Twenty-three years of defending Lacan's theories having resigned me to the fact that, in the face of the firmly entrenched North


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American episteme (or, indeed, the whole tradition of Anglo-Saxon philosophy: Late Medieval nominalism, Lockean sensationalism, empiricism, materialism, utilitarianism, pragmatism, logical positivism, etc.), it is very difficult to get to first base in outlining an alternate episteme to received ideas. And Howard is certainly not to blame for that. Clearly, what I failed to do was to explain adequately what semantic value I was attributing to body, as distinct from organism, and I accept the responsibility for it. In this section, I would like to differentiate some key connotations that the term ‘body’ may have, in order to show that it really does differ from the organism in important respects and actually helps form the bridge between the organism and the mind. So, when Howard and Henry were saying the same thing, they were not actually saying the same thing. . . .

  1. Body = cadaver, corpse. In a detective novel, some such sentence as “the body was found lying face down in a dark alleyway” would clearly refer to a dead body or a lifeless human organism. Or in the context of a funeral account, the expression “the body was cremated and the ashes placed in an urn within the family vault” would again refer to a lifeless human organism. In these examples, organism and body do mean the same thing, and Howard and I are in full agreement.
  2. Body = that which occupies space and has weight. Under this head, we could refer to celestial bodies (Saturn, the Moon), any physical bodies, be they animate or inanimate, and certainly human bodies. As humans, our physical being occupies space and has weight and is properly termed a body. Howard and I are still on the same ground here, I think.
  3. Body = conceptual and cultural interpretation. Here, the Lacanian argument kicks in, and that is why I spent a lot of space discussing the body as an equivalence of the Imaginary order (Sullivan 1998, 9; 10-12; 14). One of the more widely appreciated of Lacan's theories is his description of the mirror stage, though I do not have the space to recapitulate the entire argument here (see Sullivan 1996, 181-82; Ragland-Sullivan 1986, 132-38; 1990, 31, 59-60). Suffice it to say that the small child in the period between six and eighteen months comes to form a body image of anticipated wholeness derived from the reflection of its organic Realness in a mirror. It is in this period that the subject of being is established. This subject will continue to co-exist after the subject of speech is born, i.e, when the child begins to use active,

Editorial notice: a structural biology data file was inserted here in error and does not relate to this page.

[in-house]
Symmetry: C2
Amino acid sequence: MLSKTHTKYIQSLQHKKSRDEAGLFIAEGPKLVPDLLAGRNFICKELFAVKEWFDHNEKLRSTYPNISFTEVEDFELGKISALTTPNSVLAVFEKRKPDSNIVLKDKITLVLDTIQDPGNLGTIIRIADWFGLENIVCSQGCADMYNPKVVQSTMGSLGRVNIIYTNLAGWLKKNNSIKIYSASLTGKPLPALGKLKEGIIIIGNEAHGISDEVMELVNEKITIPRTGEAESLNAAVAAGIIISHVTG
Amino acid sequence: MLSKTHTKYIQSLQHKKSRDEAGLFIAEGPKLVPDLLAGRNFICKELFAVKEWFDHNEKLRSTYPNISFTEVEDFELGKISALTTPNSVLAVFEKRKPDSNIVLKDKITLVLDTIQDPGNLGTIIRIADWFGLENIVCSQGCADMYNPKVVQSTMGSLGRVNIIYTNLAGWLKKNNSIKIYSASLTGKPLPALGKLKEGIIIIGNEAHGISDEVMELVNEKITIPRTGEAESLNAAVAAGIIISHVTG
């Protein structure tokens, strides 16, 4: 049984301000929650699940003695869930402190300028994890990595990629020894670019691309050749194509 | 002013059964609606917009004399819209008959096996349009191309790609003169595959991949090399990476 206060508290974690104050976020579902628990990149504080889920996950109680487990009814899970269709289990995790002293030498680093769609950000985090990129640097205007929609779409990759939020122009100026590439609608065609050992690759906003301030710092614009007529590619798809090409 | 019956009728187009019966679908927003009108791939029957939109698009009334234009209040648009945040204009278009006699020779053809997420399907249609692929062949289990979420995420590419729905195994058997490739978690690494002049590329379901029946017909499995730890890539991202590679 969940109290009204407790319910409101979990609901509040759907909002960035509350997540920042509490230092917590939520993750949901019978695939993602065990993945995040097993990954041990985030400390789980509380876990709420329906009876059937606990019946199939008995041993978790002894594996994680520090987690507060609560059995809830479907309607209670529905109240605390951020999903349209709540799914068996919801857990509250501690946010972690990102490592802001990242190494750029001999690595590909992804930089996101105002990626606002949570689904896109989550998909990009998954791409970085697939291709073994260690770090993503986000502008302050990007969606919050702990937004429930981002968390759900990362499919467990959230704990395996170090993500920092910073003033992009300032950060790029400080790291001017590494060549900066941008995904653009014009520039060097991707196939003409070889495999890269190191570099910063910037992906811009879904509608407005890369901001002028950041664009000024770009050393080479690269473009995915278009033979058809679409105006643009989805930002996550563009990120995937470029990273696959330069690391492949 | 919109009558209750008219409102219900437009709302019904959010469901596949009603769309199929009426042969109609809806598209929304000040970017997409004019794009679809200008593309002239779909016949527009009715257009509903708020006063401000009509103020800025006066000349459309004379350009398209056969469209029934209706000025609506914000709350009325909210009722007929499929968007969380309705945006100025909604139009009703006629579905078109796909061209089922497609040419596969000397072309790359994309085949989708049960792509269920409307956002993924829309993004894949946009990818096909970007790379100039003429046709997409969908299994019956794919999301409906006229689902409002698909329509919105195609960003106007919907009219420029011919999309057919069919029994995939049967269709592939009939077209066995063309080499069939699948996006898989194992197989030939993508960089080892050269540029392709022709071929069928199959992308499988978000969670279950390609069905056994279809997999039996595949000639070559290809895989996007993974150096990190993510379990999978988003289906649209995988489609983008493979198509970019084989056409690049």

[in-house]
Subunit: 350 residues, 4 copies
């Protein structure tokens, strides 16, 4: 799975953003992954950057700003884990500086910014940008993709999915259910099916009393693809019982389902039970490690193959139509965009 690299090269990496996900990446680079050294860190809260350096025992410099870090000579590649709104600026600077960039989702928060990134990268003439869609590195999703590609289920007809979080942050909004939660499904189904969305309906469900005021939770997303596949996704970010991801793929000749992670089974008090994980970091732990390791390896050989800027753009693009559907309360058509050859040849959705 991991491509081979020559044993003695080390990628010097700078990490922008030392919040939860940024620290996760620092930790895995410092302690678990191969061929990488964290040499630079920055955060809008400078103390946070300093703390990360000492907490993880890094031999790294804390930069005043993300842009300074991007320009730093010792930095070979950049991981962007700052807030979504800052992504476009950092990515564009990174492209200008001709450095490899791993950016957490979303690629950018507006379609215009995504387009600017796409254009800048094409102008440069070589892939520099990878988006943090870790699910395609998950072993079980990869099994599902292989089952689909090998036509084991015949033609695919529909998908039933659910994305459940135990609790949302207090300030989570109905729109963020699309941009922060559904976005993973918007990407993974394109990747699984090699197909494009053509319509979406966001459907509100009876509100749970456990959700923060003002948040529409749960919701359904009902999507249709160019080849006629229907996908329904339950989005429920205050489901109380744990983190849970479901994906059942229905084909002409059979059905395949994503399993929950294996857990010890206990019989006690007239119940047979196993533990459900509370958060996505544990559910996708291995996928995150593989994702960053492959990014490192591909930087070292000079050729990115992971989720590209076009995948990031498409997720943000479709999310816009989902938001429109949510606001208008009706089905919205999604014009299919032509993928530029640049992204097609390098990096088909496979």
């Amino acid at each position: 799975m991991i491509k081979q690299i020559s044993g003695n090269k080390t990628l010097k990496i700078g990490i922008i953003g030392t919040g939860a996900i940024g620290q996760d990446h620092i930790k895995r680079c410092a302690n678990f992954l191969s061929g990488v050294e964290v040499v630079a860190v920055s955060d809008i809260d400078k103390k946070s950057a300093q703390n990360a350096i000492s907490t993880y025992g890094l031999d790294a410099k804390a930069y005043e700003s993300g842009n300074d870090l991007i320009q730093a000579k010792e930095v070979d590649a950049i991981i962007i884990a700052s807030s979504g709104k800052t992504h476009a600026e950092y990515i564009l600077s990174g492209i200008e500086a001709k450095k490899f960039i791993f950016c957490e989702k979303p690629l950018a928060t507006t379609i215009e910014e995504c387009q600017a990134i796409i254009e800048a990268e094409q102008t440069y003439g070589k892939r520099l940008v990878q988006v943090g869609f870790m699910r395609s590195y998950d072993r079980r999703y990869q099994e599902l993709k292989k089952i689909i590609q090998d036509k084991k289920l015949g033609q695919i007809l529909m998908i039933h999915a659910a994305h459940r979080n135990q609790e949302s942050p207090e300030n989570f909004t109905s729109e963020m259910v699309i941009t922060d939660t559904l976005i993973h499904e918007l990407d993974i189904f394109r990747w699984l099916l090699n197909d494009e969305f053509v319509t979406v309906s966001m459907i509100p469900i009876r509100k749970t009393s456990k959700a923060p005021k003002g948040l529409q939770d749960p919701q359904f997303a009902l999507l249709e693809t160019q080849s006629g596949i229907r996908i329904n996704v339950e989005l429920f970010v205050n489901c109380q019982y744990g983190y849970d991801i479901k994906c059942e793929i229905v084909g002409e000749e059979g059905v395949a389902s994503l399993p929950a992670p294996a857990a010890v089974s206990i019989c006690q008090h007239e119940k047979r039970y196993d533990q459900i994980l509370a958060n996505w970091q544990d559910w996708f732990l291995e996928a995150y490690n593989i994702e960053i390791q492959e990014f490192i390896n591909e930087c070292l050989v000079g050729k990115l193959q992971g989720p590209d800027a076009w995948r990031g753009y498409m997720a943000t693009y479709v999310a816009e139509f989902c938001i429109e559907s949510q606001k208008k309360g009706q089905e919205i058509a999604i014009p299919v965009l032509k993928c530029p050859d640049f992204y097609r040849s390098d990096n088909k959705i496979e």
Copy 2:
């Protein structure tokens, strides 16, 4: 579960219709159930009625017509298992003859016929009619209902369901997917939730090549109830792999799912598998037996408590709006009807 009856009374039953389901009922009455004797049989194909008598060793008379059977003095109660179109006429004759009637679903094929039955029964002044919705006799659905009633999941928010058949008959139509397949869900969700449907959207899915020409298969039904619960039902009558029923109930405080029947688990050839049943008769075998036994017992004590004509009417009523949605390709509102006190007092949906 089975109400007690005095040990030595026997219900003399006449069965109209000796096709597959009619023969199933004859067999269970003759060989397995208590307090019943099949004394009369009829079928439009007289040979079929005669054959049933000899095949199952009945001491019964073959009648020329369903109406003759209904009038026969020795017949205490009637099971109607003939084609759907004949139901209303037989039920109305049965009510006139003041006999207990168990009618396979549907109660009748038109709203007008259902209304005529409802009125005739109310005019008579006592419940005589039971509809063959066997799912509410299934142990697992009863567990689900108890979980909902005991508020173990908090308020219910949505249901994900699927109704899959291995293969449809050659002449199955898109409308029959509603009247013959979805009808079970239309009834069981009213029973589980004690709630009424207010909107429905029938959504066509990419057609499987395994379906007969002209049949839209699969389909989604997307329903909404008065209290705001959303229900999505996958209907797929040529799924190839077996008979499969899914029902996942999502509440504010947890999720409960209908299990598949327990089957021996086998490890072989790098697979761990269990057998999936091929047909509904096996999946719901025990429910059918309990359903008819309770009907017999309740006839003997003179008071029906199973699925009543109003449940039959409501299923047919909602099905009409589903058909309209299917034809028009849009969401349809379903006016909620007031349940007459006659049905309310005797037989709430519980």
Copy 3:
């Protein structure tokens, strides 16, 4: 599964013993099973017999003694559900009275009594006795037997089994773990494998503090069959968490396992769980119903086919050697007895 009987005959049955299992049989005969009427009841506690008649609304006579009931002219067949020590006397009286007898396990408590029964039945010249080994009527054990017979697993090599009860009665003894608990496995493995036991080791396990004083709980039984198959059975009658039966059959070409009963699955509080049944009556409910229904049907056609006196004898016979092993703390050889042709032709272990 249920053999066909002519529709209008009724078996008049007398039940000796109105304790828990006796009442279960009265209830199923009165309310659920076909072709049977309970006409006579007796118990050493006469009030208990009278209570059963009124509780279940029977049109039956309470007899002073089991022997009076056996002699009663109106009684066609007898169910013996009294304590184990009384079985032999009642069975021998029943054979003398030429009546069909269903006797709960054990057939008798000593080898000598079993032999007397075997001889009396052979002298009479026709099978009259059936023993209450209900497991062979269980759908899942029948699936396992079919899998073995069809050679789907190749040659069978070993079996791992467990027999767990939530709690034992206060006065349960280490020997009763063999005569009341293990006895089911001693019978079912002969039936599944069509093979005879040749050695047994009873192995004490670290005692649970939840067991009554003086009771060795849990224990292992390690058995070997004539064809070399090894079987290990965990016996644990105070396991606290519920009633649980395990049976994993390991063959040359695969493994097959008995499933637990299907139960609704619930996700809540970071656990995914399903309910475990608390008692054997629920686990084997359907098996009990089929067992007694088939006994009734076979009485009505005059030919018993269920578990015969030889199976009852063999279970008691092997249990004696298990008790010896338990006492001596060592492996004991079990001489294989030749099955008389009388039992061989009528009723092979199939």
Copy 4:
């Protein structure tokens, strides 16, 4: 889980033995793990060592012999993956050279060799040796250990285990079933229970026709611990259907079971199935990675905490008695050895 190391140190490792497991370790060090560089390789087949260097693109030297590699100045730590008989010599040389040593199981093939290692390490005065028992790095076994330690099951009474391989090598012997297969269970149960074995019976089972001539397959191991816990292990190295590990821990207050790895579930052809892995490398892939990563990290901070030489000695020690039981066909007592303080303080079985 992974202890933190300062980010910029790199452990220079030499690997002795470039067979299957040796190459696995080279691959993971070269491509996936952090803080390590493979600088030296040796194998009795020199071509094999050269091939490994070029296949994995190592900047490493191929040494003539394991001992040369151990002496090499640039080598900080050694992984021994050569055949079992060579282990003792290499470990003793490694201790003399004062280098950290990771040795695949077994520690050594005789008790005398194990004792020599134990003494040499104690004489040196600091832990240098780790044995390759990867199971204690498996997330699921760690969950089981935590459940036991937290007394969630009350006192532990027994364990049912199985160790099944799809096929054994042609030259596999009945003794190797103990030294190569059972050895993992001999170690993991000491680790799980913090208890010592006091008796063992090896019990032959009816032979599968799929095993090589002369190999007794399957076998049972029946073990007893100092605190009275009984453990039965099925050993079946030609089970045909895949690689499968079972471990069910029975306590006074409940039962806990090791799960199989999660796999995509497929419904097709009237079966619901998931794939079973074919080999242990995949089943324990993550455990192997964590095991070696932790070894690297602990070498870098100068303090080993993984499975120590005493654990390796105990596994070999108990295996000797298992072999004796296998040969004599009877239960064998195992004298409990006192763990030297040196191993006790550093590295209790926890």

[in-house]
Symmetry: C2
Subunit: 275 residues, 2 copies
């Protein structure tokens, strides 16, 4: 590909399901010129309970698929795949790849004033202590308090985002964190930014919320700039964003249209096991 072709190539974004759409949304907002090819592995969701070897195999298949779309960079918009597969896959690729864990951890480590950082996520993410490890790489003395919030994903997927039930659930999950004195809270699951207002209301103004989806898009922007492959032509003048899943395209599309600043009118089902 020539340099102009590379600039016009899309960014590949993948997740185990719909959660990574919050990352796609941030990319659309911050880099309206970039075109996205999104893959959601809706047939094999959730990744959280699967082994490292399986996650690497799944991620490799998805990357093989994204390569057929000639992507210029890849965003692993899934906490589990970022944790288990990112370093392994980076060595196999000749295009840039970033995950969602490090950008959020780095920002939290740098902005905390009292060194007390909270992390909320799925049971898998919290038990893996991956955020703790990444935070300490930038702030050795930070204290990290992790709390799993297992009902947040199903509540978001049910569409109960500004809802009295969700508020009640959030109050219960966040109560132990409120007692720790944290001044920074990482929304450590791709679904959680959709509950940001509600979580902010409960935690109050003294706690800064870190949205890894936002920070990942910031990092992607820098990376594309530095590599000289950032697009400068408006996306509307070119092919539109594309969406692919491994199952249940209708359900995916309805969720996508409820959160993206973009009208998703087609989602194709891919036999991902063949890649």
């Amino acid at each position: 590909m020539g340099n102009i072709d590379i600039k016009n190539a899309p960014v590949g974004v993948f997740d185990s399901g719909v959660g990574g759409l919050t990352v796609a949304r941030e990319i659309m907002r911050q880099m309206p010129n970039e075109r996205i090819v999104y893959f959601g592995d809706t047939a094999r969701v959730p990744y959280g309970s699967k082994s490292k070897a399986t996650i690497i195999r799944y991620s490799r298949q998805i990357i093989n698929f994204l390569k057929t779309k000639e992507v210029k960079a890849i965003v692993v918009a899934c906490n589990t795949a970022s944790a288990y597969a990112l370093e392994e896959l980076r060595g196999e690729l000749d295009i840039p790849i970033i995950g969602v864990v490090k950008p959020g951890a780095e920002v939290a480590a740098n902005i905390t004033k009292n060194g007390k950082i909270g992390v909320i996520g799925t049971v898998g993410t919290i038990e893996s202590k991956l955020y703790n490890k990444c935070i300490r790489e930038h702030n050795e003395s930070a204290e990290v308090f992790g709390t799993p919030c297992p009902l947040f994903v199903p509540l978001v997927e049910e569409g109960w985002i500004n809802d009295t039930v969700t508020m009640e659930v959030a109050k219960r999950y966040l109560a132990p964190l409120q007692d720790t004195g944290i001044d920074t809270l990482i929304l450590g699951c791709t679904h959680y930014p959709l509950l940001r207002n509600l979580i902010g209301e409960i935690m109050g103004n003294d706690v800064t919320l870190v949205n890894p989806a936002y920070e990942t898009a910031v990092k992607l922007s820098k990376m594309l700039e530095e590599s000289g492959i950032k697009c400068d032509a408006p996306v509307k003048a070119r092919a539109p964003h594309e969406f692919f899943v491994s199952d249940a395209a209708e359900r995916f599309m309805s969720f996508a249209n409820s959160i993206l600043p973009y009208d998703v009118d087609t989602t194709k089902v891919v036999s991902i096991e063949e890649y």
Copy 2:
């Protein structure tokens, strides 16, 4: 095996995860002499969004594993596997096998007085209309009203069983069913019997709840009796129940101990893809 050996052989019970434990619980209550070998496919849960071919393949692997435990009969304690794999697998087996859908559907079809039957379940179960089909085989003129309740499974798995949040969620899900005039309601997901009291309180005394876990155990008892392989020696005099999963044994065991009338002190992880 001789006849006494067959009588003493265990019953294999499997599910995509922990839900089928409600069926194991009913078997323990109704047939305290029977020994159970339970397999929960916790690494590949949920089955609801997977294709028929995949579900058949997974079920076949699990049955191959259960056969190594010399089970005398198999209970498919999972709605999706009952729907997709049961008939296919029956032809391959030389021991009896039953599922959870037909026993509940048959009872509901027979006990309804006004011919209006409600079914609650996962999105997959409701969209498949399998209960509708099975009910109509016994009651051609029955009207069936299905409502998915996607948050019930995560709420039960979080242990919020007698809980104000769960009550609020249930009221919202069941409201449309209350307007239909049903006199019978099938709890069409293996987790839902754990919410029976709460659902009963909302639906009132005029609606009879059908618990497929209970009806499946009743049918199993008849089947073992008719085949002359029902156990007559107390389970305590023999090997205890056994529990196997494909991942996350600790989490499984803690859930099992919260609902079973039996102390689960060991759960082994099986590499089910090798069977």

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coherent language for the first time. This is the phase where Lacanians talk a great deal about separation, alienation, division, castration by the pure signifier of language, etc. It is also this Imaginary phase which gives rise later to culturally determined judgments.

     Whatever the objective reality of their physical organism as such, human beings gradually begin to form conceptual and cultural interpretations of the body which spill over into areas of social desirability, aesthetics, and erotics. The organism is interpreted as a body which is fat or thin, tall or short, beautiful or ugly, and so on. Or again, as too fat and too thin, too tall and too short, etc. If we say, for example, that a woman has a “gorgeous body” or a man has an “awesome body,” we are certainly making a subjective, aesthetic judgment, colored —in all probability— by sexuality. Dominant cultural determinations (e.g., Cindy Crawford on the cover of Vogue) and the infinite complexities of individual human desire shape notions of what a body should be, as against what the physical organism actually is. Thus, bald men have hair transplants, go to the gym to work out and become more muscular, wear elevator shoes to seem taller; women have breast implants, face lifts, cosmetic surgery, liposuction, all in the name of being more “beautiful” or more “desirable.” In other cultures and traditions, it is considered socially desirable —if not mandatory— that small boys be circumcised or small girls undergo clitoridectomy and infibulation. But whatever the symbolics, aesthetics or erotics of these procedures, we are talking of modification of the physical organism in the name of a cultural imperative. It is this “body” I am talking about, and it is clearly not coterminous or identical with the organism plain and simple.